Friday, January 01, 2016


North American Indian Days, 1962. I took the photo.

If I had been writing about “Indians” in 1961, I would have been presented with several options:  mostly anthropological information about material culture (which was important to Bob since he was portraying them with sculpture in the contact days of the middle 19th century), the existential despair of a broken culture portrayed as a bad joke, like “Stay Away, Joe,” or the mocking columns in the local paper that were written by John Tatsey and admired as “true” though they weren’t.   Or maybe the fond patronizing of Doug Gold who used the pattern of frontier myths built on the mistakes and minor tragedies arising from conflicting cultures.  There was a parallel stream of stories by Frank Bird Linderman or James Willard Schultz, as different as the personalities of the two men but not particularly Blackfeet, and the romantic portrayals of Charles Marion Russell, whom we locals called simply “Charlie.”

Likewise at the time — actually a little earlier than myself — were photos posed and dressed up with artifacts that the people had long since sold to whites in order to eat, or the peaceful domestic scenes of Walter McClintock who came out to live with his friends every summer and brought crates of stuff.  

Actually, my real pattern was Tangled Waters” (1936) by Florence Crannell Means, the wife of a trader on the Navajo rez.  ($1.37 on Amazon just now)  (Not related to Russell Means, I think.)  It was realistic in terms of many things, still from a sympathetic — yet white — point of view.  That is, it was about the dilemma of having to sell one’s heritage in order to eat, which F. Means would solve through education.  (It’s unclear what R. Means thought the answer was.  Hollywood?)

When AIM and Red Empowerment formed, they saw that their lives and material culture were of great value to some white people, but that the brokers who made the profits were also white people.  Their resentment soon came out politically — whites are selling our heritage! — but the true nature of the value or what to do about it was never really explored.  The American Indian Literary Renaissance tried to create a category that added value to novels and poetry, and it was partly successful, but the core problem of educating Indian people to write their oral language was never really addressed.  The missionary complex that reduced everything to “correctness” was a killer.  But so were political storms of indignation on behalf of "the po' Indian."  Too much trouble for most publishers.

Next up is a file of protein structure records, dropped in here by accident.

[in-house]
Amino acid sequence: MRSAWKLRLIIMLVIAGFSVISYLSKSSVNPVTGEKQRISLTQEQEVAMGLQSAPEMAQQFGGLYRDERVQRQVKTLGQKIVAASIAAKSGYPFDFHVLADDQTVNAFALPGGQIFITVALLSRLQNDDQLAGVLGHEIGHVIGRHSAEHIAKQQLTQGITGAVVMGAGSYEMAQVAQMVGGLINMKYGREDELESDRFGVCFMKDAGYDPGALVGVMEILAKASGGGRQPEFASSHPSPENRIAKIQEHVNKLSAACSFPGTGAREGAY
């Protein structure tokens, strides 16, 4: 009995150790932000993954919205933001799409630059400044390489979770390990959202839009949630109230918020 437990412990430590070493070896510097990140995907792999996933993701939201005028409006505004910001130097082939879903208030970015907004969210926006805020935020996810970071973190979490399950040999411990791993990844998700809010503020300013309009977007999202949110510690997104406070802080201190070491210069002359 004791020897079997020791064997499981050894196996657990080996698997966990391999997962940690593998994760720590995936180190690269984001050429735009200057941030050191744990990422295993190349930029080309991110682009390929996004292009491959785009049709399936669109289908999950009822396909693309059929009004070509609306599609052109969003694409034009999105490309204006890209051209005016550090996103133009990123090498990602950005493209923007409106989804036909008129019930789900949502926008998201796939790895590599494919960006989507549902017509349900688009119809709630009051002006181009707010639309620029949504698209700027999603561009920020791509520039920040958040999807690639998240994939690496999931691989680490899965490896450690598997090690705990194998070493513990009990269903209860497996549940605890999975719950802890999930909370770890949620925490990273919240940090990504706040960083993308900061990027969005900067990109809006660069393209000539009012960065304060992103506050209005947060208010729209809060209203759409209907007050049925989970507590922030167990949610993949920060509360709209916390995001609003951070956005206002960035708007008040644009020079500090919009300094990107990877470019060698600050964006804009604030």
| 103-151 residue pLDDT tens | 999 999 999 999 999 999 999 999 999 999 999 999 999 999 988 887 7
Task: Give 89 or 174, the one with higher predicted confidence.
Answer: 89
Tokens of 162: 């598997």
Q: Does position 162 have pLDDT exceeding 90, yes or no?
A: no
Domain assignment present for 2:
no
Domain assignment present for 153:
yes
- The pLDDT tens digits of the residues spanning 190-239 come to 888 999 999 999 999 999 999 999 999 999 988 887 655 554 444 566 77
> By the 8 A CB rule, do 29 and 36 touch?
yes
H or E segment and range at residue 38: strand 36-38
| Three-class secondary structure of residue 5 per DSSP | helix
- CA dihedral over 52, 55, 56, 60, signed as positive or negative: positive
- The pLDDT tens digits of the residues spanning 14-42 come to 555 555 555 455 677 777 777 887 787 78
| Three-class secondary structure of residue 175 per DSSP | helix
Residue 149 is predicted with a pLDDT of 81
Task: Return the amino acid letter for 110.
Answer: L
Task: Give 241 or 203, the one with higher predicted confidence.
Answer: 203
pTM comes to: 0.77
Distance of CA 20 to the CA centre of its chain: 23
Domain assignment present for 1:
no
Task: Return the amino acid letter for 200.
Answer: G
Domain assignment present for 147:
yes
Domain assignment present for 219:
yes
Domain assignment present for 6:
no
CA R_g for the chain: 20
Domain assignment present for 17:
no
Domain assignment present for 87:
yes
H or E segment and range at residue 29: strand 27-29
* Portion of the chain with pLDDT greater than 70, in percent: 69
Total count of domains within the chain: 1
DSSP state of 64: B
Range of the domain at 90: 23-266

Beyond that, publishers dubious of big sales never really promoted more than a few people, mostly the ones who were most “white,” which immediately set up a new jealousy between the full-bloods and the mixed bloods, even those who could pass for white.  These were vicious and based on the dubious legality of tribal membership, which was based on arbitrary provenances from a transient and fluid historic population, identified at a time when the uniqueness of tribal ecologies had already been broken.  They never had hard boundaries anyway, because they valued newness.  Promoters and defenders of NA books have not been able to find another mode beyond pity for massacre, the controlling trope of much writing about indigenous people as well as environmental writing.  The two tend to be conflated.

David Treuer

People like David Treuer have effectively integrated their own backgrounds (legal and Jewish) into a doctrine about Indians, mostly focused on injustice and oppression.  They recognize the accurate dimension of Holocaust, but don't see how many German survivors emigrated to Manhattan and became a new elite, though one with a conscience.